Take someone’s taste buds on a trip around the world without buying a single plane ticket. Trader Joe’s chocolate “passport” allows chocolate lovers to sample bars from eight of the world’s best chocolate-producing countries. Each of the bars is single origin—which means the cocoa beans were sourced from that country alone—to ensure that you taste the unique flavors of each region. You’ll taste floral and nutty notes in Papua New Guinea’s bar, while Peru’s is slightly fruity and woody. Every single one is different from the last. Each bar is a little less than two ounces and they range from 60% to 73% cacao.
Although I'm really not a big fan of dark chocolate, I received this as a gift and have to say I'm delighted with it. I love almond and the dark chocolate of this is not bitter or too strong like some sweet dark chocolate bars tends to be. I wish these were sold near me because I would make it a point to pick these up for myself as well as for guests on those nights I don't want to prepare a desert. ...read more
You can’t get fresher honey bon bons than the ones you will find at Mademoiselle Miel. The honey used in these scrumptious confections is gathered from the rooftops of St. Paul, Minnesota, itself. Get your honey bon bons however you like — smoked with scotch, in a seasonal flavor or simply as classic, pure honey — but just get them. Mademoiselle Miel’s commitment to local ingredients extends to all the shop’s products, which also include maple chocolate bars.
You can't make a list of popular chocolate brands without including Mars. This incredibly famous worldwide brand is responsible for Snickers, Galaxy, Dove, M&M'S, Milky Way, Twix, 3 Musketeers, and Mars bars. Like Nestlé, Mars focuses on candy bars and confectioneries instead of plain chocolate products. But it definitely offers a combination of chocolate, nougat, caramel, or other ingredients that you won't be able to say no to.
Alexandra Whisnant, a Boston native, trained at Le Cordon Bleu and Ladurée in Paris before she opened her chocolate business. Its name means “spoiled like girls,” so it’s no surprise that Whisnant doesn’t cut any corners while making her delicate treats. She starts a new batch of pralines or infused ganaches at the beginning of each week, and they sell out by week’s end. Flavors vary weekly, with honey-walnut praline, blackberry ganache, chocolate-mint (made from mint from her aunt’s garden), and whiskey-infused truffles just some of the latest confections to come off of Whisnant’s chocolate dipping table. Call for the day’s offerings. Shipping is limited. Somerville, MA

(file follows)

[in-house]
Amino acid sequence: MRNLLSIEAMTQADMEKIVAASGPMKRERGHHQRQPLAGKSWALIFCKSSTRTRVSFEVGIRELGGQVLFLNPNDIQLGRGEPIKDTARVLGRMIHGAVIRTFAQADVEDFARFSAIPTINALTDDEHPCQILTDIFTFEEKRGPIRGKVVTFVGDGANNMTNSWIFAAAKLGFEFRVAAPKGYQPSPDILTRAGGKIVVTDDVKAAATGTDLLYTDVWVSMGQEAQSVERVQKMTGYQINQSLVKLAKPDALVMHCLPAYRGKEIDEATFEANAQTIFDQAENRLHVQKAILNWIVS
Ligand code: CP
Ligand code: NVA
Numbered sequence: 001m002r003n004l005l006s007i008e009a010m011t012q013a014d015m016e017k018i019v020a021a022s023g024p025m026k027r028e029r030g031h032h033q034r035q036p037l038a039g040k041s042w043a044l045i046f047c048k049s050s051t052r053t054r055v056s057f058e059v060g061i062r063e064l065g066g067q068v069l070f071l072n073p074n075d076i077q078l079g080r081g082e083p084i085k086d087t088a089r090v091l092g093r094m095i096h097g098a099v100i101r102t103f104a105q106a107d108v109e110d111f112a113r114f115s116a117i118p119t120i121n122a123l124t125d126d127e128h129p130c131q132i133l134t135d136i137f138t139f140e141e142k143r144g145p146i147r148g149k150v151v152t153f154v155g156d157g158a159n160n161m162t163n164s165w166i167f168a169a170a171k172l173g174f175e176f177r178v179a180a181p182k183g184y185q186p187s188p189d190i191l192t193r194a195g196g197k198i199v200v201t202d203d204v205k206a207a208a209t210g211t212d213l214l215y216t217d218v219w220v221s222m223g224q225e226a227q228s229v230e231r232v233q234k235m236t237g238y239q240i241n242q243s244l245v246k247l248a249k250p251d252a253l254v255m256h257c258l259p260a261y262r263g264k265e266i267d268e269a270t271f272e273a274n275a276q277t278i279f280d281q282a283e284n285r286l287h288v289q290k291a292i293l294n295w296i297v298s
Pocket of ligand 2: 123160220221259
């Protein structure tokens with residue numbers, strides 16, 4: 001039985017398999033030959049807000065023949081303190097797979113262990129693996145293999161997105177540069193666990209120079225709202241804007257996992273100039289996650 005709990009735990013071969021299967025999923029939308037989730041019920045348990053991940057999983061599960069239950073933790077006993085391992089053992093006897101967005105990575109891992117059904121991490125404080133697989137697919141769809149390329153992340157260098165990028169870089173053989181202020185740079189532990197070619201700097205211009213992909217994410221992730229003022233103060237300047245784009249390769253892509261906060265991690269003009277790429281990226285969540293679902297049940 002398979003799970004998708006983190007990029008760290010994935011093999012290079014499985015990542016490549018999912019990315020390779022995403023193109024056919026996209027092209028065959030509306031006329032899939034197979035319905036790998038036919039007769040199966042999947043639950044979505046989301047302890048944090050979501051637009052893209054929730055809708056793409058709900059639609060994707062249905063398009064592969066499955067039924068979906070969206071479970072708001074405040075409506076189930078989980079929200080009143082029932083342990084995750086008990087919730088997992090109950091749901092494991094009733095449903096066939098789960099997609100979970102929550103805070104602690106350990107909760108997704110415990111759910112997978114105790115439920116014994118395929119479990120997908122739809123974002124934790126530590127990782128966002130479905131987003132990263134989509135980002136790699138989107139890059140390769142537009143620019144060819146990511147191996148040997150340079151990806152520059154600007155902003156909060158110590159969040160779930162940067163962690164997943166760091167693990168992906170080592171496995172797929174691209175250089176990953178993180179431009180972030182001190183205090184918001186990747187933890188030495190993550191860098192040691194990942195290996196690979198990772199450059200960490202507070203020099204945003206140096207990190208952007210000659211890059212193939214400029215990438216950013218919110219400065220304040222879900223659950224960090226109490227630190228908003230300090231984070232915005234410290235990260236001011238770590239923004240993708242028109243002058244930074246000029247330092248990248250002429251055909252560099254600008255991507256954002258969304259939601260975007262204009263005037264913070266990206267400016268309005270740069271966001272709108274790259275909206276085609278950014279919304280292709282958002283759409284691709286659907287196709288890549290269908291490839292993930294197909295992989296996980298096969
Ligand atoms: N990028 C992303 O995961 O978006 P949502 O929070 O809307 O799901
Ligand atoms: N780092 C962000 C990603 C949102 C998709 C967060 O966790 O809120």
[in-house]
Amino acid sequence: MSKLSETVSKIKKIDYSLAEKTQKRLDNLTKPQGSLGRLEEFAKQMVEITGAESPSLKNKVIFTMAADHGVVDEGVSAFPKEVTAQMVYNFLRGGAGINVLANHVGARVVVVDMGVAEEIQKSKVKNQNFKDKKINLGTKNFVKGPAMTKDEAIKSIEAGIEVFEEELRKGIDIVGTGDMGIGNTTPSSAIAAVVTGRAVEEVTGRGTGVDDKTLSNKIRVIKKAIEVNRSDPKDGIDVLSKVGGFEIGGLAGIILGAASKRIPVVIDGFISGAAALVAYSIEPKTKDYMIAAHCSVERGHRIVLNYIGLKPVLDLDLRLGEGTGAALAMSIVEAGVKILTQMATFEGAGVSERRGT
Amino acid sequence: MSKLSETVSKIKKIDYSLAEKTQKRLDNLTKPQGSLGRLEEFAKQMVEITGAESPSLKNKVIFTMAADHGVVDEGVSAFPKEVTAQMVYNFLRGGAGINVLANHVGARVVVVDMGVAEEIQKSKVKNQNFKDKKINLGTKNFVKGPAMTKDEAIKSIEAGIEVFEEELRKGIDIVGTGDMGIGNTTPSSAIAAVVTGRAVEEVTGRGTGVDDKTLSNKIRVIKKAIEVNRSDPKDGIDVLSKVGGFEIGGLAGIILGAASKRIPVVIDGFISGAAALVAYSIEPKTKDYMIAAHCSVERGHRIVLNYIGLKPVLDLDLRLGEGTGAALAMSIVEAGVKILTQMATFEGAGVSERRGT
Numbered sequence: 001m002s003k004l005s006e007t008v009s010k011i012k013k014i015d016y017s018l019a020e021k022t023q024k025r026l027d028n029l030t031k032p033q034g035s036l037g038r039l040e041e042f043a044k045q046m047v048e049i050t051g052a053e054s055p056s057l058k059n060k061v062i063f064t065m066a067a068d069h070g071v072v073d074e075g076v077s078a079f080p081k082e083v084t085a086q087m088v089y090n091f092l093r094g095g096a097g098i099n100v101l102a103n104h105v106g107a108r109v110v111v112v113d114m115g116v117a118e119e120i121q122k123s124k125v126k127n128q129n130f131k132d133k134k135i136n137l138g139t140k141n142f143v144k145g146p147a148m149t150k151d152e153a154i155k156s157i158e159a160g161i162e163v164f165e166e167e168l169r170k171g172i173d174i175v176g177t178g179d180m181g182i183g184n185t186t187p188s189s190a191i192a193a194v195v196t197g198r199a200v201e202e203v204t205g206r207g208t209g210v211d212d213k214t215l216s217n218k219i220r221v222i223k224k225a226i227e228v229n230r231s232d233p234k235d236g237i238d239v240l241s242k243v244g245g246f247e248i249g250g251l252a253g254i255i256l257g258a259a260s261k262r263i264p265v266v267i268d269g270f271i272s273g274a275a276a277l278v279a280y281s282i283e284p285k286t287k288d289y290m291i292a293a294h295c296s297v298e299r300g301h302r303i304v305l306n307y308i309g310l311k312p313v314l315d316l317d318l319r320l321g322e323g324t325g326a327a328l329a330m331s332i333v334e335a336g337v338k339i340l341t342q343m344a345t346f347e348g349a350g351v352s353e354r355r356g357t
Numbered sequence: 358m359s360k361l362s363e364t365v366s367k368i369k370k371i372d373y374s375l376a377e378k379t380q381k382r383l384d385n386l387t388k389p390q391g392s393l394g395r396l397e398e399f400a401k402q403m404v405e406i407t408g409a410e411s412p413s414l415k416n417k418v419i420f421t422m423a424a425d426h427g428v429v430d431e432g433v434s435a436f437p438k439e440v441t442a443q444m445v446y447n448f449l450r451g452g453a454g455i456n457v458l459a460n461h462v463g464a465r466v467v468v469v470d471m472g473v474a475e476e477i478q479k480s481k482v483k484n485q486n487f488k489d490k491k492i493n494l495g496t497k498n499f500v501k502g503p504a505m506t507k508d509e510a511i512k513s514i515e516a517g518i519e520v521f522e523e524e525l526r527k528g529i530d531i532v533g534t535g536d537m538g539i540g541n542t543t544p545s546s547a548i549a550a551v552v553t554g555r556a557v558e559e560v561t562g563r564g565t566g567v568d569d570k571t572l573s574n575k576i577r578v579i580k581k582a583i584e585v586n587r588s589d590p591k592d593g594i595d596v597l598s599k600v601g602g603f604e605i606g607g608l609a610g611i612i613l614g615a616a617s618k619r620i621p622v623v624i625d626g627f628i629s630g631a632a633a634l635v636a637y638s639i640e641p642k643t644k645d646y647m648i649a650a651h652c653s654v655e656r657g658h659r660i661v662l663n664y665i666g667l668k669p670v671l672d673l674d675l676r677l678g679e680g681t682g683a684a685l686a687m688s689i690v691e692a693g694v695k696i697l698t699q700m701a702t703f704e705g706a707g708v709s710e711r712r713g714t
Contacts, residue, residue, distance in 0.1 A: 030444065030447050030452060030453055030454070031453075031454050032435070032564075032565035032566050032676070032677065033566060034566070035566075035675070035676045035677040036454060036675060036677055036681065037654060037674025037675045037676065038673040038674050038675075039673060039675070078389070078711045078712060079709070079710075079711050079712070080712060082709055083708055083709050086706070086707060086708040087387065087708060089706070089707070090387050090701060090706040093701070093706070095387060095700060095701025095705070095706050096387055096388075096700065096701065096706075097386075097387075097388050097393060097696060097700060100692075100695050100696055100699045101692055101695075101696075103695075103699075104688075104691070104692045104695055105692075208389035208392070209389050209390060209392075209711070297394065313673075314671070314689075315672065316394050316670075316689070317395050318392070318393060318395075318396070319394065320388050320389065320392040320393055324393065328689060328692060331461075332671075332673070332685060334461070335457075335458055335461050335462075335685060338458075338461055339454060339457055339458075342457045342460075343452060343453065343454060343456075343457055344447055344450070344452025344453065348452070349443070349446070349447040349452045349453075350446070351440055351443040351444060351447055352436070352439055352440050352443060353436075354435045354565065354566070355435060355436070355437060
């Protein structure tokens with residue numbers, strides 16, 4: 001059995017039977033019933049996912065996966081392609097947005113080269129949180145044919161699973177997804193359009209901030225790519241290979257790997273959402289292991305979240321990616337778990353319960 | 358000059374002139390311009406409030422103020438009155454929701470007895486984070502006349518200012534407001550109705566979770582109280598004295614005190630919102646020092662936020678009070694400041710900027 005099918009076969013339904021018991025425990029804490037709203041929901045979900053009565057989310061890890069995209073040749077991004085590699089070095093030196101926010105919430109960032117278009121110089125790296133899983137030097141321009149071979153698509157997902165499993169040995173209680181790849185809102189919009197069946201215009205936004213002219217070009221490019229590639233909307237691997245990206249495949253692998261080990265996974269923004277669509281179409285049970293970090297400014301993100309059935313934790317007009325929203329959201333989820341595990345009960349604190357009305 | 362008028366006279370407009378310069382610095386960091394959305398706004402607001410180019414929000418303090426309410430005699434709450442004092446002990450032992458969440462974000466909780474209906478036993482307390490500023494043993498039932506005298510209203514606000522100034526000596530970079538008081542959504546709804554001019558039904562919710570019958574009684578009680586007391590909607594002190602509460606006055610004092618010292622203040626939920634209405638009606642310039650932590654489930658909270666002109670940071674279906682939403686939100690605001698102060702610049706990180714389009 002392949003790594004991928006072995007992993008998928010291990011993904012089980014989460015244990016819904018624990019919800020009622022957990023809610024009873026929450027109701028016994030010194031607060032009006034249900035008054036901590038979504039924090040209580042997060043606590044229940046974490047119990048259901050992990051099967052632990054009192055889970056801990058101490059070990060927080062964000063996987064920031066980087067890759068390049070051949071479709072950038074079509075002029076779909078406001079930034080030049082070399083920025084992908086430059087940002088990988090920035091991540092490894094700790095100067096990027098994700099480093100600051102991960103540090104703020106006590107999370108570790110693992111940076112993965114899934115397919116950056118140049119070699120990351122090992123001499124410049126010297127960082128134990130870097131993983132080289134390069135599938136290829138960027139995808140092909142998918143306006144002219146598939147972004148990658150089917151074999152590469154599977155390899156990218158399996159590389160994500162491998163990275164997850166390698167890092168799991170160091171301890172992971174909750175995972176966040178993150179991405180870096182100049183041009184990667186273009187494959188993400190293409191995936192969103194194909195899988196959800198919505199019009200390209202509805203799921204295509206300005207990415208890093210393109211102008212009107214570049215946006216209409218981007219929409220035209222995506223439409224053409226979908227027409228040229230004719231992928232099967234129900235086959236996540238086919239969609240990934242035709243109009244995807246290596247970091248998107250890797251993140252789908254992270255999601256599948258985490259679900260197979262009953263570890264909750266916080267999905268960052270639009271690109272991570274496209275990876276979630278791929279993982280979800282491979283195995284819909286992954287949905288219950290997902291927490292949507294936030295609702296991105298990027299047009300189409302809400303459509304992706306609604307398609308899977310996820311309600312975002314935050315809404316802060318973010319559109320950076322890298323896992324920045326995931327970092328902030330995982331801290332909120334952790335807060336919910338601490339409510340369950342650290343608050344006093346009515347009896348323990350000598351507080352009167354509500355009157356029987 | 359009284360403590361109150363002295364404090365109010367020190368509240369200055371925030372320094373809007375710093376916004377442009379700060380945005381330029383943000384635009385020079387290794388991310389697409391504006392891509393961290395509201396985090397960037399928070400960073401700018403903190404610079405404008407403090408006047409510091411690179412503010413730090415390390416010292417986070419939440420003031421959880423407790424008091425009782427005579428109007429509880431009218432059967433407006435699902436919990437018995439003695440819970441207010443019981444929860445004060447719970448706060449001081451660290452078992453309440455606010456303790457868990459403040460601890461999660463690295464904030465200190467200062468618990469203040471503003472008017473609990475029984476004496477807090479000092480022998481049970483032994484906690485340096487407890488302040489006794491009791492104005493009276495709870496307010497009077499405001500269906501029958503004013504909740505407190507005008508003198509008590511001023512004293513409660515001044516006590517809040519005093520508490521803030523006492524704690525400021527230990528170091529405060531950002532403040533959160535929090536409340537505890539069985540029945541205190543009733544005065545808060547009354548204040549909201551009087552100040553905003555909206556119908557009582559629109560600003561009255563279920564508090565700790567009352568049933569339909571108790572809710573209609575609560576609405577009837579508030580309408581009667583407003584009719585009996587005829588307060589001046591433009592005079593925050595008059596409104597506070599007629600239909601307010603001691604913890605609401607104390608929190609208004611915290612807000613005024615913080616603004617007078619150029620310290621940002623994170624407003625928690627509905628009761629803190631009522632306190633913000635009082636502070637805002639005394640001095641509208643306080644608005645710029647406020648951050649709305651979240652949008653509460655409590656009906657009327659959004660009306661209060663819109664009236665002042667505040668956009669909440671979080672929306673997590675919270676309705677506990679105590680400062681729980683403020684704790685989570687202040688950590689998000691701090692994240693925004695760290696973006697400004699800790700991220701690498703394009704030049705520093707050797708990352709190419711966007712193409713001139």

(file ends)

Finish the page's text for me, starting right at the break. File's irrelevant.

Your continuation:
Anna Shea Chocolates is an experience not to be missed. The flavors, ingredients, technique, and artistry are excellent, including an excellent color chart and playful names. The assortment includes a variety of flavors including fruit, cinnamon, liqueurs, and some playful flavors like red velvet and birthday cake. The assortment was light on nut flavors, which tend to be my favorites.
Explore France & Switzerland with your students.Tour the Paris greats: Champs-Élysées, Eiffel Tower, the Louvre, and more. Stroll Versaille’s geometric gardens. Hear our soldiers’ stories on the Normandy coast, and discover chateau life in the Loire Valley. Finish at Switzerland’s picturesque Lake Geneva towns of Lausanne and Montreux. ...Read More
It is said that Ferrero Rocher is the bestselling brand of chocolate on Earth, with millions of people all over the world buying this chocolate every year. The company has been a leader in the chocolate industry for over 200 years. Ferrero Rocher chocolates are wrapped in golden foil, making them a popular holiday gift. This mouthwatering treat consists of hazelnut in a thin wafer shell with hazelnut chocolate, milk chocolate, and chopped hazelnuts.
Brand: You should go for a boxed chocolate that’s from a reputable company. In most cases, notable companies will ensure fast delivery. Also, their products tend to arrive in the perfect condition, as opposed to some companies that deliver melted chocolates. You should, therefore, make sure that you only buy from an experienced and popular company.
Chocolat Céleste is a mixed bag; I have enjoyed some pieces but not all (relative to experienced expected for the price), and prices have escalated. I suggest the Grand Cru collection. Although pricey, $139/lb. in 2012, it is a rare opportunity to taste criollo (a type of cacao, from which chocolate is made). I enjoyed the criollo pieces in the collection. They should be approached as a tasting experience: Cleanse your palate with water, smell, taste, let the chocolate dissolve, and take the time to experience it. The collection also has non-criollo pieces that I found a bit flat and dry compared to the criollo.